The broadcaster responsible for global coverage of last week's Dubai World Cup is keen to explore more opportunities in the region. The firm's chairman reveals the scale of his ambitions.
Sunset+Vine races to win a bigger piece of sports action
Jeff Foulser is chairman of Sunset+Vine, one of the biggest independent sports broadcasting businesses in the world. Based in the United Kingdom, he was in Dubai last week overseeing preparations for the Dubai World Cup, the world's richest horse race, run annually at the Meydan course but broadcast around the world by S+V. He talked about the potential for sport in the region, and about the challenges of providing global coverage of the big race.
The Dubai World Cup is one of the biggest events in the Emirates calendar. What role does S+V play?
We've been the host broadcasters for the event for the past decade. We're responsible for producing the broadcast feed of the event and distributing this to a worldwide audience. Just over the past four years the event has reached an estimated global audience of more than a billion people. That doesn't mean a billion people are watching it. It's a TV industry way of measuring potential audience. Last year we put out 180 hours of live feed to 135 countries, 40 per cent up on the previous year. This year the audience is calculated to reach 285 million households on every continent. It's a very big and very successful event for us.
It sounds like a big logistical challenge. What's the role of the Dubai media in all this?
It certainly requires a big effort. We have 80 people working on it, with 17 tonnes of equipment. All of that has to be flown in. Dubai media does the broadcasting of the race from the moment the gates open to the finishing line, but all the rest is down to us: helicopter and tracking cameras, interviews, all the rest that goes with the big day out at the Meydan.
Have you encountered any particular challenges in broadcasting from Dubai?
Broadcasting horse racing has its own challenges. It's not like football, where it's all concentrated in 90 minutes, nor cricket, where you can devote four days to coverage. With horse racing it's hours of build-up, then all over in two minutes. You have to sell that properly to the advertisers. But our experience here [in Dubai] has been pretty easy really. We don't have permanent staff based out here yet, and I guess having that kind of infrastructure might throw up other issues. But it's been fine for us. I think as long as you have a sponsor through the business you're involved in, as we have Dubai Racing Club, then any problems can be smoothed over by them.
So after your success at the World Cup, are you considering expanding further in the region?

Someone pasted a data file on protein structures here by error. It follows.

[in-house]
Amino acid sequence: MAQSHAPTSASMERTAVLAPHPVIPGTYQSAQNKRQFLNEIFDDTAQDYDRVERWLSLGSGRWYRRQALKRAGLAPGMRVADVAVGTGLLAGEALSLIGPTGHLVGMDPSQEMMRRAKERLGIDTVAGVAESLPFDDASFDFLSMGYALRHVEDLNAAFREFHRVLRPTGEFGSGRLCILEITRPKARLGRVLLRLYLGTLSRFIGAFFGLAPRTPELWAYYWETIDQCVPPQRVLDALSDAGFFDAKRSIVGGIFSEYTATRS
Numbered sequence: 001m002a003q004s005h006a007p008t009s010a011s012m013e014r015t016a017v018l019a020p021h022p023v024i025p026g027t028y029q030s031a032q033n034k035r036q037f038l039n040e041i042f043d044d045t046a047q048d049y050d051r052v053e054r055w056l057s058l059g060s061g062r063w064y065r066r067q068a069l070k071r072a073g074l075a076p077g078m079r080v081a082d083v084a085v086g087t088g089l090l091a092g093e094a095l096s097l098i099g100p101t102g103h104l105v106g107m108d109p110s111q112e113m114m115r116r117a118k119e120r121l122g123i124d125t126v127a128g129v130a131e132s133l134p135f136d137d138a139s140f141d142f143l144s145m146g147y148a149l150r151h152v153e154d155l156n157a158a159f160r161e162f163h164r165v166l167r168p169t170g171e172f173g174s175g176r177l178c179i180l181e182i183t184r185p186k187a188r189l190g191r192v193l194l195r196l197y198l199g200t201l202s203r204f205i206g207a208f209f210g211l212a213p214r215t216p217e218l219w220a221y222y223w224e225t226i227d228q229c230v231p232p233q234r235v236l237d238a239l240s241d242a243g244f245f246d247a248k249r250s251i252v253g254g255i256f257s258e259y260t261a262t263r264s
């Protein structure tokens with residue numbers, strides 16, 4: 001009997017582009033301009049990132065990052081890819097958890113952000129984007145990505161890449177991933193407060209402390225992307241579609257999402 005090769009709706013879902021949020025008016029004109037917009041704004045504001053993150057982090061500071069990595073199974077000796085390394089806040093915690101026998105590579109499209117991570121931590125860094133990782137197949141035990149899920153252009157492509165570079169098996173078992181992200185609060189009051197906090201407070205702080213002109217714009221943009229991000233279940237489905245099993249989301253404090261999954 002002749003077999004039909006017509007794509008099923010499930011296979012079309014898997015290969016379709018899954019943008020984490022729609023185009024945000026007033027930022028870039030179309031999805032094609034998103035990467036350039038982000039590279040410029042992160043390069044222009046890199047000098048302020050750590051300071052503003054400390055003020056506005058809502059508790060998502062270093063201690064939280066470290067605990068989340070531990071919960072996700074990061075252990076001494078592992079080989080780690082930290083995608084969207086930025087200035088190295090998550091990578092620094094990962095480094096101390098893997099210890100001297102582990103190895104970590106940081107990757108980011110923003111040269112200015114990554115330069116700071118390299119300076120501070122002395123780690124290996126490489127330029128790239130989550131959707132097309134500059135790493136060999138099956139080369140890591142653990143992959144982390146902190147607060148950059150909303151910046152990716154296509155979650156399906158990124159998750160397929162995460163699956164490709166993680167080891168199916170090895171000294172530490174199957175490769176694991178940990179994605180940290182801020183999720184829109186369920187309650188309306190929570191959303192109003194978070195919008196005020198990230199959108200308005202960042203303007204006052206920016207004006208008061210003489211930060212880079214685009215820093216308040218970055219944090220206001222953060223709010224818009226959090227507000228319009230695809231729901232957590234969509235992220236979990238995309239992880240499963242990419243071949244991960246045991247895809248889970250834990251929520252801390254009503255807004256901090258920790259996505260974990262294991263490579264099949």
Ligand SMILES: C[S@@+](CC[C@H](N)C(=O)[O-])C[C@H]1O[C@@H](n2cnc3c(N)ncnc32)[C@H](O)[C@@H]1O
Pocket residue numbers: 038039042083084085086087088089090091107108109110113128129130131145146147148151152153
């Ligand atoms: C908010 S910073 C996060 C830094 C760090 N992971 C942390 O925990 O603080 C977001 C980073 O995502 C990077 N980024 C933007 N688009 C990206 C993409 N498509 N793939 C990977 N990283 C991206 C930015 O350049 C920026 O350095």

We would certainly like to. We see opportunities here in multi-sport events like the Asian Games and the GCC Cup in football, all of which we could do a very good job on getting it out to a wider audience. Our job is all about developing content in a variety of formats, and we've supplied customised products to corporates like Gillette and Mobil. That concept can be usefully expanded. We become their creative arm on sports content, branded as their show but made by us. It's a concept in its early days but very interesting, with lots of potential. These are advertising-funded programmes, but with a bit of a difference. You need to attract global brands, and it works best when the funding is centrally controlled. We see a lot of potential in the UAE with the tourism business. Organisations like Emirates Airline, Etihad Airways and the TDIC [Tourism Development and Investment Company] in Abu Dhabi could be interested in our products. There are also other events like sailing that could lend themselves to the formula, as well as involvement in the local football league.
The big event of the year is the Olympic Games in London. Are you playing any role in that?
Regrettably not. The Olympic coverage is all agreed and contracted with Olympic Broadcasting Services, a Spanish company. But we've got the rights to the Paralympics, which I'm very excited about this year. It's changed my view of disability to see what these athletes can do. Some sports are very difficult to break into, especially in the US, where the big networks get involved themselves. But we've bought a couple of US businesses on the West Coast and hope to make some inroads. But golf, for example, is carved up by IMG [one of the biggest players in the global sports broadcasting business]. Football too is very competitive, but we've made some inroads with broadcasting the Europa League for Channel 5 in the UK. And, of course, we do all the major horse racing in Britain - the Grand National, Royal Ascot, the Derby. That's why we feel so at home at the Dubai World Cup.